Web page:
>>> p[2] = x**2y**2
>>> p[2].style = 'wireframe'
>>> p[1].color = z, (0.4,0.4,0.9), (0.9,0.4,0.4)
>>> p[1].style = 'both'
>>> p[2].style = 'both'
>>> p.close()
Using Custom Color Functions¶
The following code plots a saddle and color it by the magnitude of its gradient:
>>> fz = x**2y**2
>>> Fx, Fy, Fz = fz.diff(x), fz.diff(y), 0
>>> p[1] = fz, 'style=solid'
>>> p[1].color = (Fx**2 + Fy**2 + Fz**2)**(0.5)
The coloring algorithm works like this:
Evaluate the color function(s) across the curve or surface.
Find the minimum and maximum value of each component.
Scale each component to the color gradient.
When not specified explicitly, the default color gradient is f(0.0)=(0.4,0.4,0.4) > f(1.0)=(0.9,0.9,0.9). In our case, everything is grayscale because we have applied the default color gradient uniformly for each color component. When defining a color scheme in this way, you might want to supply a color gradient as well:
>>> p[1].color = (Fx**2 + Fy**2 + Fz**2)**(0.5), (0.1,0.1,0.9), (0.9,0.1,0.1)
Here’s a color gradient with four steps:
>>> gradient = [ 0.0, (0.1,0.1,0.9), 0.3, (0.1,0.9,0.1),
... 0.7, (0.9,0.9,0.1), 1.0, (1.0,0.0,0.0) ]
>>> p[1].color = (Fx**2 + Fy**2 + Fz**2)**(0.5), gradient
The other way to specify a color scheme is to give a separate function for each component r, g, b. With this syntax, the default color scheme is defined:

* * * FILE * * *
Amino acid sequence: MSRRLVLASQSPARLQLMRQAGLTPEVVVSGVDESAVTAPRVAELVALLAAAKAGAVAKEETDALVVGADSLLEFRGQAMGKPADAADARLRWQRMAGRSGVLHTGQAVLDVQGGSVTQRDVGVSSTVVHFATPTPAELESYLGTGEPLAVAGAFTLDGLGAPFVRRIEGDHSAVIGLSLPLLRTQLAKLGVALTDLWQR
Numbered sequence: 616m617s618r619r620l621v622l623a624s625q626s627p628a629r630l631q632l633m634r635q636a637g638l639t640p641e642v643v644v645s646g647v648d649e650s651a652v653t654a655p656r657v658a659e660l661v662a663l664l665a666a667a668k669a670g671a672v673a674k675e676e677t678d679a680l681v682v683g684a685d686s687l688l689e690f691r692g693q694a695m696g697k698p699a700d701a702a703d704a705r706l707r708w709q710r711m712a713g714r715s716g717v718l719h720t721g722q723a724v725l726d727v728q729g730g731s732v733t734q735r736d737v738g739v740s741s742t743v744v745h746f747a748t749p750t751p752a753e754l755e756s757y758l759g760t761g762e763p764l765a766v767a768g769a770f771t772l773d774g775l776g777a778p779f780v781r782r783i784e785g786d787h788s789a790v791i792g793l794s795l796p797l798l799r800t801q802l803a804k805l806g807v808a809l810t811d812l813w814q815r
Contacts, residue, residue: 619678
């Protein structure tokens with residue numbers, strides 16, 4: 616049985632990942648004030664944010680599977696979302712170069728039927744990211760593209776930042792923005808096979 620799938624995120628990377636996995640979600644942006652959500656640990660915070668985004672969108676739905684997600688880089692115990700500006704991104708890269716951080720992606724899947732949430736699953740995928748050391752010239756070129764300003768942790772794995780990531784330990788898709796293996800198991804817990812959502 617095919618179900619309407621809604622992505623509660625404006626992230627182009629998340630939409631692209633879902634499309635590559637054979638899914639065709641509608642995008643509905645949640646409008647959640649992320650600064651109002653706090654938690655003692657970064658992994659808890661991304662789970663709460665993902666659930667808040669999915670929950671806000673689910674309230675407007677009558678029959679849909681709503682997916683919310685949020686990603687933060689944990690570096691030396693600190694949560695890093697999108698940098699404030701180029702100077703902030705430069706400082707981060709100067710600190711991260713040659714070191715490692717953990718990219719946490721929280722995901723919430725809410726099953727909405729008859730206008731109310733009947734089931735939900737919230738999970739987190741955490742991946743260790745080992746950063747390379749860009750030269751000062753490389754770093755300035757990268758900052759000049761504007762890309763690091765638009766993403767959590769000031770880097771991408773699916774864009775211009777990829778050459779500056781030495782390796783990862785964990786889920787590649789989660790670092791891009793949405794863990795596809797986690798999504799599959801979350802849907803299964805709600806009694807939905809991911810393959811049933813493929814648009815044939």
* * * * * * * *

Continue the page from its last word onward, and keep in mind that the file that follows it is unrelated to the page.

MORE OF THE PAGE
>>> p[1].color = z,y,x, (0.4,0.4,0.4), (0.9,0.9,0.9)
This maps z>red, y>green, and x>blue. In some cases, you might prefer to use the following alternative syntax:
>>> p[1].color = z,(0.4,0.9), y,(0.4,0.9), x,(0.4,0.9)
You can still use multistep gradients with threefunction color schemes.
Plotting Geometric Entities¶
The plotting module is capable of plotting some 2D geometric entities like line, circle and ellipse. The following example plots a circle and a tangent line at a random point on the ellipse.
In [1]: p = Plot(axes='label_axes=True')
In [2]: c = Circle(Point(0,0), 1)
In [3]: t = c.tangent_line(c.random_point())
In [4]: p[0] = c
In [5]: p[1] = t
Plotting polygons (Polygon, RegularPolygon, Triangle) are not supported directly. However a polygon can be plotted through a loop as follows.
In [6]: p = Plot(axes='label_axes=True')
In [7]: t = RegularPolygon(Point(0,0), 1, 5)
In [8]: for i in range(len(t.sides)):
....: p[i] = t.sides[i]
Plotting with ASCII art¶

sympy.plotting.textplot.
textplot
(expr, a, b, W=55, H=18)[source]¶ Print a crude ASCII art plot of the SymPy expression ‘expr’ (which should contain a single symbol, e.g. x or something else) over the interval [a, b].
Examples
>>> from sympy import Symbol, sin >>> from sympy.plotting import textplot >>> t = Symbol('t') >>> textplot(sin(t)*t, 0, 15) 14.1605  ...  .  .  . .  ..  / .. .  / .  / 2.30284  .../..  .... ... /  .. \ / . .  .. / .  .. / .  ... .  .  .  \ . 11.037  ... 0 7.5 15